Agreement Reached on EU Taxonomy Rules for Sustainable Finance




The Taxonomy Regulation, agreed on 16 December, represents a general framework for the progressive development of a common EU classification system, a taxonomy, for environmentally sustainable investments.

Although this will not yet be an exhaustive list of environmentally sustainable economic activities, the proposed regulation defines a general framework for which economic activities can qualify as “environmentally sustainable”.

The classification tool will be progressively developed through a series of delegated acts, defining “technical screening criteria” for environmentally sustainable investment activities. By the end of 2020, an initial set of criteria will be developed, relating specifically to climate mitigation and adaptation. Additional criteria relating to other environmental objectives will be defined by the end of 2021.


The proposed Regulation aims to reduce market fragmentation and "greenwashing". The classification’s system’s overarching ambition is to drive capital towards more sustainable investments.

This, in turn will help the EU to move closer to meeting its international commitments, namely the Sustainable Development Goals (SDGs) and the Paris Agreement.

The classification system is to be regarded as an element of a wider package of measures launched by the European Commission in March 2018 on financing sustainable growth.

Who is impacted by the proposed new rules

  • EU or Member States when establishing requirements about financial products or corporate bonds that are marketed as environmentally sustainable;
  • Institutional investors and asset managers offering financial products as environmentally sustainable investments;
  • Financial and non-financial companies in the scope of the Non-Financial Reporting Directive obliged to disclose information on their environmentally sustainable activities.

Criteria for being recognised as environmentally sustainable

The proposed Regulation sets out four criteria for an investment to be classified as environmentally sustainable. These are detailed below:

  1. The investment must contribute to one or more of the environmental objectives outlined in the Proposed Taxonomy Regulation. These include the following:
  • Climate change mitigation
  • Climate change adaptation
  • Sustainable use and protection of water and marine resources
  • Transition to a circular economy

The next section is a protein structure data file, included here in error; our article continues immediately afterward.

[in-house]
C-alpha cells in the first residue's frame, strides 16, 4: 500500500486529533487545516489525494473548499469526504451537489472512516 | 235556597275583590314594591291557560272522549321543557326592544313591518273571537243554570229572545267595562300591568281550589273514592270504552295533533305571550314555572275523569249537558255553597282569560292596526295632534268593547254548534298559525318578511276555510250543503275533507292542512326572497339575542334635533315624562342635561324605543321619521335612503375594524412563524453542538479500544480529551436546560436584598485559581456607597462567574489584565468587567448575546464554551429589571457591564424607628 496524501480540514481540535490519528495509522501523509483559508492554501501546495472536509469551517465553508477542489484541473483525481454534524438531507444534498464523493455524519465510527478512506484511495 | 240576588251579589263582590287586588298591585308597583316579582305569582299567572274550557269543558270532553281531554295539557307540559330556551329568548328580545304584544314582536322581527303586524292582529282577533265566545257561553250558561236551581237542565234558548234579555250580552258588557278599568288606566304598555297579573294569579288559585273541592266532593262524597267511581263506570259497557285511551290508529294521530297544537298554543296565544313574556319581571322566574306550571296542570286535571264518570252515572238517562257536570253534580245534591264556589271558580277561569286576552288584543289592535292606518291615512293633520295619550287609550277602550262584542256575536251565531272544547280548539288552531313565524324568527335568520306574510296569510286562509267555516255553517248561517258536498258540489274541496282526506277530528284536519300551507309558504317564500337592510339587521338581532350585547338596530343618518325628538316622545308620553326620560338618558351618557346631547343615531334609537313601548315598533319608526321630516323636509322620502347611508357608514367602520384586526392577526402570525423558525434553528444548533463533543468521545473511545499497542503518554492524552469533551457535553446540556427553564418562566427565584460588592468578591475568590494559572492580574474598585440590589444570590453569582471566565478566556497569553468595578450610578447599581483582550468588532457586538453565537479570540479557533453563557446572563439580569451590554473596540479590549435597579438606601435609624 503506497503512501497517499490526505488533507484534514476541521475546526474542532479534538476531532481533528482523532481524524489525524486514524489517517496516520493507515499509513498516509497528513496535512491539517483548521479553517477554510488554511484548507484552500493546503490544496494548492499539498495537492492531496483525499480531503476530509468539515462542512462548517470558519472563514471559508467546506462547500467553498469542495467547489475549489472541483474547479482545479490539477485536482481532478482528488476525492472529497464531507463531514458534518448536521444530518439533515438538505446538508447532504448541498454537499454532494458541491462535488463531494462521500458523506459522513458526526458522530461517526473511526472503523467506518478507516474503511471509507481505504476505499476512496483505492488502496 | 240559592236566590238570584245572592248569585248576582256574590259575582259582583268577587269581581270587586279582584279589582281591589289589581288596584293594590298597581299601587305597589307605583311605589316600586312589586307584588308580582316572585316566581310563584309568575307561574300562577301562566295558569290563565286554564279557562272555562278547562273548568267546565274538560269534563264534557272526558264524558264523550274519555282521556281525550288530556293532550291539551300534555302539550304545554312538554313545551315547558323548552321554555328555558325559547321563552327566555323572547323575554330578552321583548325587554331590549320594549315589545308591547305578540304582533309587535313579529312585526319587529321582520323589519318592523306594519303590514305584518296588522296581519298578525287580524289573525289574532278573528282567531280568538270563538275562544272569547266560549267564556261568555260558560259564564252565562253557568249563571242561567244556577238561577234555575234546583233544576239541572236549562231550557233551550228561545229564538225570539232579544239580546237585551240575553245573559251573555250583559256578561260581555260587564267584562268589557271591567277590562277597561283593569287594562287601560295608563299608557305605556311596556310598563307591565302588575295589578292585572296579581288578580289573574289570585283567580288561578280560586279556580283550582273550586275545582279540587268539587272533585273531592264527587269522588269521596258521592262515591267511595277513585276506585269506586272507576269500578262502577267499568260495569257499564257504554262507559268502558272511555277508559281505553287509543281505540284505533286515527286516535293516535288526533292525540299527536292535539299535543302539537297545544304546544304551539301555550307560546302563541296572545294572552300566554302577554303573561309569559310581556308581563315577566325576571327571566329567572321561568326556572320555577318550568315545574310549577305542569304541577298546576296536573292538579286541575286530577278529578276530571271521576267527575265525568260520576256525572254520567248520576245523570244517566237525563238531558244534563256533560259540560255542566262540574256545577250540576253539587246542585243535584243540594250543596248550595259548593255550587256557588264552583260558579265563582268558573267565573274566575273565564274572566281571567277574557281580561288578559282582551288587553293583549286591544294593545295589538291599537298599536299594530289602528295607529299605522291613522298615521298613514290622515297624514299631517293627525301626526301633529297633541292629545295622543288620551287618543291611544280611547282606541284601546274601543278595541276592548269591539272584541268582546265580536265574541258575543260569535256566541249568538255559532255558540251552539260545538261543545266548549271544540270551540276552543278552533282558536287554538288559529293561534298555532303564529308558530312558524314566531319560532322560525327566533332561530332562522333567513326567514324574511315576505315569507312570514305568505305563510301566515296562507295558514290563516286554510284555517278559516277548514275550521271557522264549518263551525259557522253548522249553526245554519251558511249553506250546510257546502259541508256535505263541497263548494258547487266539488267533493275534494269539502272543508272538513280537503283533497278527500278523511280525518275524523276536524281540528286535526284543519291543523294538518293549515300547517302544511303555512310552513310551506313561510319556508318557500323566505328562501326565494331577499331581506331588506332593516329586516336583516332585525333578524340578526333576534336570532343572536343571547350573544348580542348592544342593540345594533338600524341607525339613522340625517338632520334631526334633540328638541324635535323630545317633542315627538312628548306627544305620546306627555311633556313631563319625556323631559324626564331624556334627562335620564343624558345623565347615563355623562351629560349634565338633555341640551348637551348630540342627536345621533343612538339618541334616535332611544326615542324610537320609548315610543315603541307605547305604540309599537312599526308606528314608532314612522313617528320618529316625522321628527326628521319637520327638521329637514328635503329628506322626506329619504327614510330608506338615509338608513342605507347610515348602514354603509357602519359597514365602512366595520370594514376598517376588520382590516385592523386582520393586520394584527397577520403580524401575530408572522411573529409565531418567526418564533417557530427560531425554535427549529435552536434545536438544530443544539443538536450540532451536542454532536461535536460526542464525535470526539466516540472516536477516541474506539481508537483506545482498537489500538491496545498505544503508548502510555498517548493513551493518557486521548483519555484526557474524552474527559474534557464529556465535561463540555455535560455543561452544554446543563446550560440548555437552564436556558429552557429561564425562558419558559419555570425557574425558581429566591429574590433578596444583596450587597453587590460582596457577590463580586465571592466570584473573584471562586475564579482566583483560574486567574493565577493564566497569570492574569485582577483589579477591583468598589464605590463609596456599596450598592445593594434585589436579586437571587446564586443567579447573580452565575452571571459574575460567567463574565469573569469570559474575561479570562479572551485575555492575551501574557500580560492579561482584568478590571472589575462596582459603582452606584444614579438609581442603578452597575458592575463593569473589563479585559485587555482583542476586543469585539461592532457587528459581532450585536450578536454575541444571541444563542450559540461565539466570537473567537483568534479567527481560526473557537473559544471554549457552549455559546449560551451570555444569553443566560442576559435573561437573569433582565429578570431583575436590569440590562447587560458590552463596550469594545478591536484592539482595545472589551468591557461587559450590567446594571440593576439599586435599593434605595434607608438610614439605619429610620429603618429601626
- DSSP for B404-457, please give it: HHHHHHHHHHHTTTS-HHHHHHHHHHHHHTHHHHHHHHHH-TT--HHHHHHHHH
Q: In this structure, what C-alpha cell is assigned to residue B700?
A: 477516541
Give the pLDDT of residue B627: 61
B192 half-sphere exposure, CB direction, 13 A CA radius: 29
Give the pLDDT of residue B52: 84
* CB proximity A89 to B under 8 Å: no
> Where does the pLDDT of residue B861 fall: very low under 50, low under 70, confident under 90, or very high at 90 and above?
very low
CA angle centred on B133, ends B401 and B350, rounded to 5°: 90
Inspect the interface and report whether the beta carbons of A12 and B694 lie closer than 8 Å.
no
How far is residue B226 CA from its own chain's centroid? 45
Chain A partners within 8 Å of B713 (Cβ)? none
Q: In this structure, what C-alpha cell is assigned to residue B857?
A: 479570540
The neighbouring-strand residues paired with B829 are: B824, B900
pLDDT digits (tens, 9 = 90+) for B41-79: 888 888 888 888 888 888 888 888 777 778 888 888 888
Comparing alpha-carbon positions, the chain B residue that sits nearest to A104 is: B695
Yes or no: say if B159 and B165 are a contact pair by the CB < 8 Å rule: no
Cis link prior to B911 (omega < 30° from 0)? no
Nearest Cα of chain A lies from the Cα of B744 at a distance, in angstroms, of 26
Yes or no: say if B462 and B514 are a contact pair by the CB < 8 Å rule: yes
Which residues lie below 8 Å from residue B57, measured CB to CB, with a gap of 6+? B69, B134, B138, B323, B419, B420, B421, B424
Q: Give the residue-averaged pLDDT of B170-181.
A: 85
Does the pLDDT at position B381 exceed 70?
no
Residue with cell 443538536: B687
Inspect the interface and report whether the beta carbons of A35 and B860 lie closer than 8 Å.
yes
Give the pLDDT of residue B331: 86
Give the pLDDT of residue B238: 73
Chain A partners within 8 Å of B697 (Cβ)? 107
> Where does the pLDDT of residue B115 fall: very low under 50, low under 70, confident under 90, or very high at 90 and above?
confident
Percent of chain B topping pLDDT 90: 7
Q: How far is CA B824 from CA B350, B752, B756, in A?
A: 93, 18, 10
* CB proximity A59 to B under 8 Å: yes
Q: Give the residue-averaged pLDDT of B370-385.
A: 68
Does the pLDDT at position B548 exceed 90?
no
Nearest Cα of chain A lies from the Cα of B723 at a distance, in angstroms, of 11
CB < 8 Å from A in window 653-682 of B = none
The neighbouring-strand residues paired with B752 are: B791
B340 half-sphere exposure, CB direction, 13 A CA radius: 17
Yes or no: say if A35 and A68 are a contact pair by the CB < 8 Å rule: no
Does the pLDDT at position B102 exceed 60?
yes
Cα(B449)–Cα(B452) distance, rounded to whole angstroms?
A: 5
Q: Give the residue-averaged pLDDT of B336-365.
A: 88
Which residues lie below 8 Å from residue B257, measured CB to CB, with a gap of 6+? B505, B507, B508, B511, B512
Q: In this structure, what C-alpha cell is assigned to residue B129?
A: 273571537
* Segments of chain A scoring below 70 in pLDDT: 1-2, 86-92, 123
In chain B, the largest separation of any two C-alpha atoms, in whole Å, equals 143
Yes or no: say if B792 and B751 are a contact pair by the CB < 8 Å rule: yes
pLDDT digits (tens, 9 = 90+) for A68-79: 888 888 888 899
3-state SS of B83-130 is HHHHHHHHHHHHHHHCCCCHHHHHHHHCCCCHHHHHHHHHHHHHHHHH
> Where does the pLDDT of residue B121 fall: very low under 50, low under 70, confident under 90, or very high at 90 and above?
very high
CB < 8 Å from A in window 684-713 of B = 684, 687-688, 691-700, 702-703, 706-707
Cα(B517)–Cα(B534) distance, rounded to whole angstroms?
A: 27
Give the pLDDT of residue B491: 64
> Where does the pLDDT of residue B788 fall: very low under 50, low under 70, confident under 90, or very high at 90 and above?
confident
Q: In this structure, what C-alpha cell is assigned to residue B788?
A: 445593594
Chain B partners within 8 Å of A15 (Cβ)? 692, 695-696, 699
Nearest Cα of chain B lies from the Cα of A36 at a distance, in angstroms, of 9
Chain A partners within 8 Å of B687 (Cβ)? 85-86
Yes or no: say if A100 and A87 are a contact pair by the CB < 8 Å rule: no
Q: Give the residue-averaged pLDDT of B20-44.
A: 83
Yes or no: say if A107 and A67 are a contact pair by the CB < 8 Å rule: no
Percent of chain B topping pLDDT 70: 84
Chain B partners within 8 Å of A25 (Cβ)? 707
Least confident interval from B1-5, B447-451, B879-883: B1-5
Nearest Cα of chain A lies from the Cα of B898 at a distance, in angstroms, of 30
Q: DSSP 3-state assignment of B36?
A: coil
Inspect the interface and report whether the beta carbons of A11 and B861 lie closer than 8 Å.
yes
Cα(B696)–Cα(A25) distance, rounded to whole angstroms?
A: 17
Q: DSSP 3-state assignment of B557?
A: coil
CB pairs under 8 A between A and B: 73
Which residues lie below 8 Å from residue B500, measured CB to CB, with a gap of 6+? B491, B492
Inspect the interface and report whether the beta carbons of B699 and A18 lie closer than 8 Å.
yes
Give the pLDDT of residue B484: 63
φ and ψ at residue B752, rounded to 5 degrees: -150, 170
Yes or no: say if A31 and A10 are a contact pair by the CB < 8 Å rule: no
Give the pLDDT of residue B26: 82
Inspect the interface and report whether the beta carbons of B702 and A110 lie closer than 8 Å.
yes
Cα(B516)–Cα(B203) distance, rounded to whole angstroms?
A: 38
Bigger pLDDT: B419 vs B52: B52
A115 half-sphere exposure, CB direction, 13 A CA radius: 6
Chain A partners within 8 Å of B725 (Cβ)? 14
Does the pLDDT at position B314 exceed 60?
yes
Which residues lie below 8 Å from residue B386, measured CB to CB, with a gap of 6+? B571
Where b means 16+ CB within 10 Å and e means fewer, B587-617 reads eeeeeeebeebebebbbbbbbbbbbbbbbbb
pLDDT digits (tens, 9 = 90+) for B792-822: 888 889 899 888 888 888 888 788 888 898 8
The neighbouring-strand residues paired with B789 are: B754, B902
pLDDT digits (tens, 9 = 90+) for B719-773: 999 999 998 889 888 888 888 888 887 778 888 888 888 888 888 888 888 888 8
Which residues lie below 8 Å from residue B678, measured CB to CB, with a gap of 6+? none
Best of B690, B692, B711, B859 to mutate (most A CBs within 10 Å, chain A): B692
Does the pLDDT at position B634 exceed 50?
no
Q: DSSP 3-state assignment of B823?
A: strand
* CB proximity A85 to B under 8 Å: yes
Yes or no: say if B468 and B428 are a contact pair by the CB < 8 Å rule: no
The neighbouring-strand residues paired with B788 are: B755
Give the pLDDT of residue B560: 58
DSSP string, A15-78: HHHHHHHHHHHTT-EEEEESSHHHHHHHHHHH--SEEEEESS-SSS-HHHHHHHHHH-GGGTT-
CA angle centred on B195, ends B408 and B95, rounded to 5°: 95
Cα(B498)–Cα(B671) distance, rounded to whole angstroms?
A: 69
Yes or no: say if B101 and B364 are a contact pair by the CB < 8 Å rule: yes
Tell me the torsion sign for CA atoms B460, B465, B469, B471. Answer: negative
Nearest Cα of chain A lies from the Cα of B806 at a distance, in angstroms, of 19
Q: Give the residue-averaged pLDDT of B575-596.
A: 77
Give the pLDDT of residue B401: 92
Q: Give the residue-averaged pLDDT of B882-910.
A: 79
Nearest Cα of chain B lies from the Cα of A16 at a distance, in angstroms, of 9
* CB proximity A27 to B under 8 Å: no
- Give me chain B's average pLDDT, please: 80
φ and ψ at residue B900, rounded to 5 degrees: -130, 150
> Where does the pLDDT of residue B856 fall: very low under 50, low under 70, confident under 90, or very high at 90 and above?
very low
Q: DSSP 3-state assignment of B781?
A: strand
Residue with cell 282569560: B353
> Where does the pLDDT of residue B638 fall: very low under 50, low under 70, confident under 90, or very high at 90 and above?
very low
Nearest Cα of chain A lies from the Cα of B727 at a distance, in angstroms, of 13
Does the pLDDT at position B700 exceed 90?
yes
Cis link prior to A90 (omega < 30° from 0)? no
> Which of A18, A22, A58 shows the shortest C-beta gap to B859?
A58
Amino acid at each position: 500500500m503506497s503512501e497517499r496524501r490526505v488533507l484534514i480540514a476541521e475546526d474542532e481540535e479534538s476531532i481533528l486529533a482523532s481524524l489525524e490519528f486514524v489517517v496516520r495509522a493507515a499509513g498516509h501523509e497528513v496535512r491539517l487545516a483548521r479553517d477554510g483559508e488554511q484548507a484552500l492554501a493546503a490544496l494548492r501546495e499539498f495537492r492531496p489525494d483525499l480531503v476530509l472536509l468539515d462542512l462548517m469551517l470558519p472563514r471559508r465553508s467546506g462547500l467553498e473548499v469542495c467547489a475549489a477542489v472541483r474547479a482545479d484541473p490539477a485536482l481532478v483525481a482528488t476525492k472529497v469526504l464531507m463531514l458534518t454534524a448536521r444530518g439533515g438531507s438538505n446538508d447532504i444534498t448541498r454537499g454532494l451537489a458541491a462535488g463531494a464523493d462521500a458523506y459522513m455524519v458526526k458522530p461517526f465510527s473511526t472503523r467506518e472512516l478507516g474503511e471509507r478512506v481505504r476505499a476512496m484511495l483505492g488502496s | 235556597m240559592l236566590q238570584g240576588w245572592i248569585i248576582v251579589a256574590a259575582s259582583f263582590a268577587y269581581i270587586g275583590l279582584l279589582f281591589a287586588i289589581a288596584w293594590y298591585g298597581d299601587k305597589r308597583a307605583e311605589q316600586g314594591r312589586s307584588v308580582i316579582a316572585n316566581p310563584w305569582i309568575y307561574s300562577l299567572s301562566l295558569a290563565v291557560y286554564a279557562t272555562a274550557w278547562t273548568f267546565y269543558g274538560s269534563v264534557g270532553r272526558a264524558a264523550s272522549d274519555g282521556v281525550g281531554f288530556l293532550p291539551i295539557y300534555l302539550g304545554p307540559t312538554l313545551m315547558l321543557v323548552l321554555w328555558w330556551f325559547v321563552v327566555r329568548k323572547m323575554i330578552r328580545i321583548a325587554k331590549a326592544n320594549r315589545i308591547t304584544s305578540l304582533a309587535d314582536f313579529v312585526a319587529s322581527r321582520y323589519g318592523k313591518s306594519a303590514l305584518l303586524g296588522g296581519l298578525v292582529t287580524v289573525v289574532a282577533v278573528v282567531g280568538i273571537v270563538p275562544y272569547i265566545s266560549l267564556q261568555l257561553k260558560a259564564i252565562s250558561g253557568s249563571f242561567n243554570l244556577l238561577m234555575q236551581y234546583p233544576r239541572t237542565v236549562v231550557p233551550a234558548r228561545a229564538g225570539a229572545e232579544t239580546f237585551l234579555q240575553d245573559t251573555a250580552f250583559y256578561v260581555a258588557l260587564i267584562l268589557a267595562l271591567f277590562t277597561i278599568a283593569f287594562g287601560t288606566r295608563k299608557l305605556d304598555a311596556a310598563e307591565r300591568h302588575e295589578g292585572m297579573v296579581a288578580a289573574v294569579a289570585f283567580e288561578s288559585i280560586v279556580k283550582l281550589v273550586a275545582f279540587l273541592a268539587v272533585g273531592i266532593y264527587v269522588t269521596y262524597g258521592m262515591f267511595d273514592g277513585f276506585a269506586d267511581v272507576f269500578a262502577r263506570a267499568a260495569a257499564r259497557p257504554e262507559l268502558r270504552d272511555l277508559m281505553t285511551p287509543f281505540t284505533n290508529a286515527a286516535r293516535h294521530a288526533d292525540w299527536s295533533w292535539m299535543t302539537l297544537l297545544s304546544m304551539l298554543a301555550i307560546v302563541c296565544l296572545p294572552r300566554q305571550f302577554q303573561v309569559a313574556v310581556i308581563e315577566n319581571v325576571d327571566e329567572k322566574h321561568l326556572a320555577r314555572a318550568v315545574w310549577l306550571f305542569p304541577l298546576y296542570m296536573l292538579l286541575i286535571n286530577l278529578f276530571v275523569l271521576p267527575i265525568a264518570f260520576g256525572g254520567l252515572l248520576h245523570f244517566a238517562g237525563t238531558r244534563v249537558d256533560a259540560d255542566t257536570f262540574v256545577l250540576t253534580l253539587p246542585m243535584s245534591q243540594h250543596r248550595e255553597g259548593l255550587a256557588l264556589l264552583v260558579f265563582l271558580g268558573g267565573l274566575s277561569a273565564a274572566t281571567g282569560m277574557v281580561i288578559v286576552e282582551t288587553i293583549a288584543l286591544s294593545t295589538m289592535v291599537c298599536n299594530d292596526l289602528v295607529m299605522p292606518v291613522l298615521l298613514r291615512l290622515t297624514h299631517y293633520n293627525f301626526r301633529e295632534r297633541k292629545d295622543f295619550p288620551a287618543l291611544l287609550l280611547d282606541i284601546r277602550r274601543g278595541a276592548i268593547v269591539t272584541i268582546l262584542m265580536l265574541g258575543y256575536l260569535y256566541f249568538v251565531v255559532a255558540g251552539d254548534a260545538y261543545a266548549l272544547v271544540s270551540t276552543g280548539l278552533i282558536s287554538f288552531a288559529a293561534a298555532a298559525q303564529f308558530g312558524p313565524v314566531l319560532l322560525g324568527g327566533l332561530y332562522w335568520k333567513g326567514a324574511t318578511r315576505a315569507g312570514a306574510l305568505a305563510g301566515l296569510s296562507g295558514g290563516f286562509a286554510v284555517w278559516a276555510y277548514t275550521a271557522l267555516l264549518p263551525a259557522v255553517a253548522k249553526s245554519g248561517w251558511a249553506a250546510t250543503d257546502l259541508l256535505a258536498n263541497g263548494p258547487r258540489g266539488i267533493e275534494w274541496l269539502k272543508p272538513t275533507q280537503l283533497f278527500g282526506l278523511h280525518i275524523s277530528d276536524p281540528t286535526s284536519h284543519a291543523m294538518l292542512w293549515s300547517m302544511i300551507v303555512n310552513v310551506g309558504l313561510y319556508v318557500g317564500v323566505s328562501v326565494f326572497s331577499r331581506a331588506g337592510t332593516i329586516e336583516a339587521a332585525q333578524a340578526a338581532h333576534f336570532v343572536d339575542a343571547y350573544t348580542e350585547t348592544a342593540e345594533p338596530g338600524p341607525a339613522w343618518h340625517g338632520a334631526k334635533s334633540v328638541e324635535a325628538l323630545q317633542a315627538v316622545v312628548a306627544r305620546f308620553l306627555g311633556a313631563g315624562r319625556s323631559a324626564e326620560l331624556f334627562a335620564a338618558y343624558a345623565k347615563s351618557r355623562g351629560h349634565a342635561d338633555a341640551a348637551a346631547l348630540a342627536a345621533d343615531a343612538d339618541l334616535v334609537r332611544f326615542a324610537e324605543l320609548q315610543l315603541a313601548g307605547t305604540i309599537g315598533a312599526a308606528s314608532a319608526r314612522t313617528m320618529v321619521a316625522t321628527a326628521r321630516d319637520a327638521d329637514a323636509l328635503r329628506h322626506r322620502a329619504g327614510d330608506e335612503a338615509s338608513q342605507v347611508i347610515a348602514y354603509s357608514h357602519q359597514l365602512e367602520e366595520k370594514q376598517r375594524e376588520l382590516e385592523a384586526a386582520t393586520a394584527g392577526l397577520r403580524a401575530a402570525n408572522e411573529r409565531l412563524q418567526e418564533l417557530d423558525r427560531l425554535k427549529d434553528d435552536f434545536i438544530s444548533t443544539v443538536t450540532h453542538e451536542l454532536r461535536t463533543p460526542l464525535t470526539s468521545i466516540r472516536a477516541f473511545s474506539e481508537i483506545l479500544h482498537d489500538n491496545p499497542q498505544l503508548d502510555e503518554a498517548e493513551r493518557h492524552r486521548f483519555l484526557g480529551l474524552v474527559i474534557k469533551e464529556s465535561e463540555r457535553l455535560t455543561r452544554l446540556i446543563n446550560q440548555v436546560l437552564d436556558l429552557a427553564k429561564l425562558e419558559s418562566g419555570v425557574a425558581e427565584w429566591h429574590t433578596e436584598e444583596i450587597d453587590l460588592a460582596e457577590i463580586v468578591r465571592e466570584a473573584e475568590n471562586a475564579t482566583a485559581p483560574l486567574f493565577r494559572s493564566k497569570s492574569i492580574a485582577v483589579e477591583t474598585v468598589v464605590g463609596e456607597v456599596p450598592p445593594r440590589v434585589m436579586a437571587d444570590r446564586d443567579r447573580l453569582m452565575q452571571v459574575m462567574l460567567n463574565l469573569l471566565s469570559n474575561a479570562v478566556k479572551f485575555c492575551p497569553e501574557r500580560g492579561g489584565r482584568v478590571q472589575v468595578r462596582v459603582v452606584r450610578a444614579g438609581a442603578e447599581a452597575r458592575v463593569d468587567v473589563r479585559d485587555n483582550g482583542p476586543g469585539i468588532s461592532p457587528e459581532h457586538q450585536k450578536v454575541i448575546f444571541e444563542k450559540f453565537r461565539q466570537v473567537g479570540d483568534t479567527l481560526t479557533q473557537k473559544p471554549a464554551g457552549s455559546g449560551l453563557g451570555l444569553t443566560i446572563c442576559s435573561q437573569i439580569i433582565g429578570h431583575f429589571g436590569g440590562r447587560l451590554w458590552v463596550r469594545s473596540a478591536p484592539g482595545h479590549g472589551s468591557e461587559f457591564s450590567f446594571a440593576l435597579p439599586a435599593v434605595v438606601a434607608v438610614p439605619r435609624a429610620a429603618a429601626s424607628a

• Pollution prevention and control
  • Protection and restoration of biodiversity and ecosystems


  1. It must do no significant harm (DNSH) to any of the other listed environmental objectives


  1. It must be carried out in compliance with minimum social safeguards (ie aligned with the OECD Guidelines for Multinational Enterprises and UN Guiding Principles on Business and Human Rights. This includes the principles and rights set out in the eight fundamental conventions identified in the International Labour Organisation’s declaration on Fundamental Rights and Principles at Work and the International Bill of Human Rights.


  1. It must comply with specific technical screening criteria.

Next steps

Following the endorsement by EU ambassadors on 18 December, the new rules will have to be formally adopted by the Council and the Parliament. Following these votes, the Regulation is set to enter into force 20 days after its publication in the Official Journal of the European Union. For any questions regarding the new rules, please contact Valentina Bolognesi, Social & Environmental Policy Advisor.  

A Trending Topic for the Sustainability Industry 

Sustainable finance is one of the focal points for innovation across our industry.  The introduction of the EU taxonomy Regulation detailed here foreshadowed Larry Fink (Chairperson of Blackrock Investment Bank)'s 2020 Letter to CEOs, an address that places great importance on sustainably financing business. In order to offer members with key insights onto where the industry is moving, amfori will publish a research paper on sustainable Finance: Awakening of the investment sector amind the climate crisis. This study will form part of a research series. Watch this space!


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